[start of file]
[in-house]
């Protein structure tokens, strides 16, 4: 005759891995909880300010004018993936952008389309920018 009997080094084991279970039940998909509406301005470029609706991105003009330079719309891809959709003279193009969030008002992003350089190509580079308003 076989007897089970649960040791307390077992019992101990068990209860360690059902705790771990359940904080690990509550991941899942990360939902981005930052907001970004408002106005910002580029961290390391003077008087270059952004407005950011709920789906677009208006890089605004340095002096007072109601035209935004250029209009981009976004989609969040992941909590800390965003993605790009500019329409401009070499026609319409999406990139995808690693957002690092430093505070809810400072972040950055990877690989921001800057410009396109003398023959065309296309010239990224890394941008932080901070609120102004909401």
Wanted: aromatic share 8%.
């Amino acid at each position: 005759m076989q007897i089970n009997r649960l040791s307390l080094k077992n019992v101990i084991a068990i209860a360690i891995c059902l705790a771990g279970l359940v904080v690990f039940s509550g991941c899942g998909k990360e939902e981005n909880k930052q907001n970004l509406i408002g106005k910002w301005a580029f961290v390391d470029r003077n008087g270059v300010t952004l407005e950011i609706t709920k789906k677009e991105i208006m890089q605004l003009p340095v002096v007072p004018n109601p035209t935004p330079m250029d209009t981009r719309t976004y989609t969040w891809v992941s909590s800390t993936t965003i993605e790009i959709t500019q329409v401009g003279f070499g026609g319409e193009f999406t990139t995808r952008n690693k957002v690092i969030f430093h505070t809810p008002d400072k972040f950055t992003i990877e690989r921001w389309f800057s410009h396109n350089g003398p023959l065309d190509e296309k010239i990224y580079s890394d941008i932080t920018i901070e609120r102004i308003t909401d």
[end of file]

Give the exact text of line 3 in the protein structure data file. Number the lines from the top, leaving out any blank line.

Wanted: aromatic share 8%.